World’s oldest artwork, dating back 44,000 years, uncovered in Indonesian cave

World’s oldest artwork, dating back 44,000 years, uncovered in Indonesian cave

A cave painting dating back to nearly 44,000 years. Image: Indonesias National Research Centre for Archaeology/Griffith University/via Reuters

Jakarta, December 12

An Indonesian cave painting that depicts a prehistoric hunting scene could be the world’s oldest figurative artwork dating back nearly 44,000 years, pointing to an advanced artistic culture, according to new research.

Discovered two years ago on the island of Sulawesi, the 4.5 metre (13 foot) wide painting features wild animals being chased by half-human hunters wielding what appear to be spears and ropes, said the study published in Nature on Wednesday.

Using dating technology, the team at Australia’s Griffith University said it had confirmed that the limestone cave painting dated back at least 43,900 years during the Upper Paleolithic period.

“This hunting scene is—to our knowledge—currently the oldest pictorial record of storytelling and the earliest figurative artwork in the world,” researchers said.

The discovery comes after a painting of an animal in a cave on the Indonesian island of Borneo was earlier determined to have been at least 40,000 years old.

For many years, cave art was thought to have emerged from Europe, but Indonesian paintings have challenged that theory.

There are at least 242 caves or shelters with ancient imagery on Sulawesi alone, and new sites are being discovered annually, the team said.

In the latest dated scene, hunters are depicted in dark red colours with human bodies and the heads of animals including birds and reptiles.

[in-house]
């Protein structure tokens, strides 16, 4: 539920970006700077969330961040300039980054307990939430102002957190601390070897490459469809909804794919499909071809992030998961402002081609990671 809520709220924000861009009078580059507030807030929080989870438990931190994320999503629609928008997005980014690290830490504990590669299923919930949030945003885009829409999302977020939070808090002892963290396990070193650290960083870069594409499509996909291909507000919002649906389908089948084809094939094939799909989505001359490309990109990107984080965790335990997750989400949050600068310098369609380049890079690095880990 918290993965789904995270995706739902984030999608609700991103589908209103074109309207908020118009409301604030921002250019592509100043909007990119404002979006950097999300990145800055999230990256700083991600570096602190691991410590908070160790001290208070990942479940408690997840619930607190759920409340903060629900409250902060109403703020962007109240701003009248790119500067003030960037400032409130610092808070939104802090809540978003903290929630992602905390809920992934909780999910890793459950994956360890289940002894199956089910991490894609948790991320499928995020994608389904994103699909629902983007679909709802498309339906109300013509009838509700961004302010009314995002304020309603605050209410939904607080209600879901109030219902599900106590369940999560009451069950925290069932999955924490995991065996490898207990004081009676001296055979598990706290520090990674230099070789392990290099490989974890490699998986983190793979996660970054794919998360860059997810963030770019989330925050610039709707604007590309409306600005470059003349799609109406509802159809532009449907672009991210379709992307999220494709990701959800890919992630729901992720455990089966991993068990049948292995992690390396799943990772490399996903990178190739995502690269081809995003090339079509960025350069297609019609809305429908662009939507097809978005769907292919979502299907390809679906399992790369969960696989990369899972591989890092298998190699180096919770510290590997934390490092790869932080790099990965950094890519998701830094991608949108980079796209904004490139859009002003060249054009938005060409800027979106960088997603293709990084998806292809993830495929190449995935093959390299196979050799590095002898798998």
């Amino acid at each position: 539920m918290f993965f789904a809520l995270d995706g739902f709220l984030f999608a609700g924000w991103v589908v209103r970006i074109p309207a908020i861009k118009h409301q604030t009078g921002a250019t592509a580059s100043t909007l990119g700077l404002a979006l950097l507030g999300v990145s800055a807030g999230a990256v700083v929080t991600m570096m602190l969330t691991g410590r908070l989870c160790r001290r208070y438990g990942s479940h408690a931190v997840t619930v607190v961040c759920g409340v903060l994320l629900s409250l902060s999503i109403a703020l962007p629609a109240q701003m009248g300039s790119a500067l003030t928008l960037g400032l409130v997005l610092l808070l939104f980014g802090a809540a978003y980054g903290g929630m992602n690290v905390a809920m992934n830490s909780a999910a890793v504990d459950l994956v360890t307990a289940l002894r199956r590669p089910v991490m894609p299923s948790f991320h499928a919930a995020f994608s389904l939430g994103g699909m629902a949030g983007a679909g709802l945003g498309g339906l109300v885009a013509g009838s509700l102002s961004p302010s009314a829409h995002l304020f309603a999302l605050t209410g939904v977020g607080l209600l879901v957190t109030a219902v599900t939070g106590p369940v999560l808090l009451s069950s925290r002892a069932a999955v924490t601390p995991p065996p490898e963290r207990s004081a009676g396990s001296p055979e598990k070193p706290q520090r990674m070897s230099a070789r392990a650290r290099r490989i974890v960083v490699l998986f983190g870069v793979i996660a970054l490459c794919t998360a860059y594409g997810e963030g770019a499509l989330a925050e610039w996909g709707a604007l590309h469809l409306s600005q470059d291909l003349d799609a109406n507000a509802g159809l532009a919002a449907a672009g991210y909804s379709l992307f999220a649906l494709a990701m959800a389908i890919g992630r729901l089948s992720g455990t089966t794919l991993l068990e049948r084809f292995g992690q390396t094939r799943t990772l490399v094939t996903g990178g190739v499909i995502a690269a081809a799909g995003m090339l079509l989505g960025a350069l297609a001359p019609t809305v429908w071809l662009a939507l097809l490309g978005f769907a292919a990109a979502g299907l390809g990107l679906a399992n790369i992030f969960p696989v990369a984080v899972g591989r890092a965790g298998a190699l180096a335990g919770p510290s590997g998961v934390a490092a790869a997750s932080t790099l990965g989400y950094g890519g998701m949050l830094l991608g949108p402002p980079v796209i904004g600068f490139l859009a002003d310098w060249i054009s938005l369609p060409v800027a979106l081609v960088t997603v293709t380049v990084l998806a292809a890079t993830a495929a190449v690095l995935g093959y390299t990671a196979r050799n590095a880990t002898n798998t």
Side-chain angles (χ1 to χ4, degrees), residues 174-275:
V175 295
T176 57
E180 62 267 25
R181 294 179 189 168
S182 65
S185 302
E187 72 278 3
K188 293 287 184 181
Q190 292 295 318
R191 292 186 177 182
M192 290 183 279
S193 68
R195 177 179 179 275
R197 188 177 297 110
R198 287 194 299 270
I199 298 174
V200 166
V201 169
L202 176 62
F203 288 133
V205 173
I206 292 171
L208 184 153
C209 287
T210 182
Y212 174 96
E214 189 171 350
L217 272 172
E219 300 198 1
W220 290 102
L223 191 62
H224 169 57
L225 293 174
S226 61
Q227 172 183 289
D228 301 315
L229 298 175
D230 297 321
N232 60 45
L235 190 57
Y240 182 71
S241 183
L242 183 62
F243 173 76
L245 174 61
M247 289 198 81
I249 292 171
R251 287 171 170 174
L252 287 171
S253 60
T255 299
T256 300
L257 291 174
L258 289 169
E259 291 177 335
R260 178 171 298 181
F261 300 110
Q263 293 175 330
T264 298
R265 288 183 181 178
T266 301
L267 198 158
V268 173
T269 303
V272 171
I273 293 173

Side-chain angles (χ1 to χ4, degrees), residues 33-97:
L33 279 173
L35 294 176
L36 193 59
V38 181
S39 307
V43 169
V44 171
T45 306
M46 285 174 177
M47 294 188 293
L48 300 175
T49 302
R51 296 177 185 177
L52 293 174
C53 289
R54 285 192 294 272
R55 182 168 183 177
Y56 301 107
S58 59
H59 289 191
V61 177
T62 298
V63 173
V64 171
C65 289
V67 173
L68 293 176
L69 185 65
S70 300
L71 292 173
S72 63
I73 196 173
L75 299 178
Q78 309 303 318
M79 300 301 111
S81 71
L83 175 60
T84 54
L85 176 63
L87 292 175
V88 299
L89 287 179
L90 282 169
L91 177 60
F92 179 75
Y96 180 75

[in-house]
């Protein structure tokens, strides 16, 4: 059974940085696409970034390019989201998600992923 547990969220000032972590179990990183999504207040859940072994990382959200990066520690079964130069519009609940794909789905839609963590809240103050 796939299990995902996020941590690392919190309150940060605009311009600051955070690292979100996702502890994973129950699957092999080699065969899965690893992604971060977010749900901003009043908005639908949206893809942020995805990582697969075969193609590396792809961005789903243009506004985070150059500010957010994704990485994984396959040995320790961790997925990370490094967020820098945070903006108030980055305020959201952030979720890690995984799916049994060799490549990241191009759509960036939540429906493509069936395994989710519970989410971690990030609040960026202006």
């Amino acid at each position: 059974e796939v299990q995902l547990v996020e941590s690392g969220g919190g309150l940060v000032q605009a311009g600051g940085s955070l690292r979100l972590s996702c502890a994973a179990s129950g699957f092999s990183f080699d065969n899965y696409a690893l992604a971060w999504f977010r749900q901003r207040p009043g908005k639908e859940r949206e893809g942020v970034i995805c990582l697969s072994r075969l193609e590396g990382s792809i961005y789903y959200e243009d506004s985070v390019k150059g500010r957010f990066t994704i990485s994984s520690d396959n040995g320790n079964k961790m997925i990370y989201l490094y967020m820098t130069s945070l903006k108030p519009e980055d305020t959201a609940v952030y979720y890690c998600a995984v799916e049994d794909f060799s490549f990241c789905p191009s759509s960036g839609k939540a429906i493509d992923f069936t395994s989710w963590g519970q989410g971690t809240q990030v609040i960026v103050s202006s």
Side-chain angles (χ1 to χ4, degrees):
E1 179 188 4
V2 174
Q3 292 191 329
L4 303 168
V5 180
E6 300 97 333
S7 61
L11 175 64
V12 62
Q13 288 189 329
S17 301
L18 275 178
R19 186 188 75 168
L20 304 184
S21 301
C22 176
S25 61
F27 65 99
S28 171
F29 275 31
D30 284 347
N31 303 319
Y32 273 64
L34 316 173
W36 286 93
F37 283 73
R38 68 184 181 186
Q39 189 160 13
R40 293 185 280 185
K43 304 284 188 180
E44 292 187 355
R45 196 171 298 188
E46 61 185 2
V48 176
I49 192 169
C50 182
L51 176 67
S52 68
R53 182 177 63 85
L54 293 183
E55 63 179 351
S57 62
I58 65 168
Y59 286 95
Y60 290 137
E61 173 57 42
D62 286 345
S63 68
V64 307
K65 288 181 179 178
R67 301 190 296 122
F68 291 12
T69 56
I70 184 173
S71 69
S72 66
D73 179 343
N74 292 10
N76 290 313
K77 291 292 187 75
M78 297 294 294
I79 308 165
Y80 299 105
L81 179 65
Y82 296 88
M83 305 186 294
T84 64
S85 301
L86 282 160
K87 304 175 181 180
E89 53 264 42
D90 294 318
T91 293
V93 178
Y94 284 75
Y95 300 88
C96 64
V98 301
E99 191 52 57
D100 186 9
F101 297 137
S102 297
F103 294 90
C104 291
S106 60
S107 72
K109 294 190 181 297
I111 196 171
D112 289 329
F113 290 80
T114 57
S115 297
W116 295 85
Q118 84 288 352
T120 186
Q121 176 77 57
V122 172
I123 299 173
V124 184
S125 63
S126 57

The painting, which is in poor condition, suggests that a highly advanced artistic culture existed some 44,000 years ago, punctuated by folklore, religious myths and spiritual belief, the team said.

“(The scene) may be regarded not only as the earliest dated figurative art in the world but also as the oldest evidence for the communication of a narrative in Palaeolithic art,” researchers said.

“This is noteworthy, given that the ability to invent fictional stories may have been the last and most crucial stage in the evolutionary history of human language and the development of modern-like patterns of cognition.” —AFP

Cities

View All

‘Govt to spend Rs 271 cr to make Sultanpur Lodhi heritage town’

Urban Development Minister Sarkaria unfurls Tricolour in hol...

CCTV cameras lying defunct for 5 months

The contract of the private company, which is responsible fo...

Child found dead in bed box, mother held

Had stuffed glove in two-and-a-half-year-old boy’s mouth; co...

Suspected case of coronavirus at PGI, patient from Mohali

28-year-old man had travelled to China on Jan 16, returned o...

City to get second medical college

Admn has started work on proposal, says UT Adviser at R-Day ...

Child dies after being mauled by stray dogs

Was playing near dump at Bahomajra village

Brace for traffic snarls in city

Company begins work on ROB/RUB project near Hero Bakery Chow...

300 traffic marshals deployed on busy roads

To help police personnel in regulating traffic, will issue d...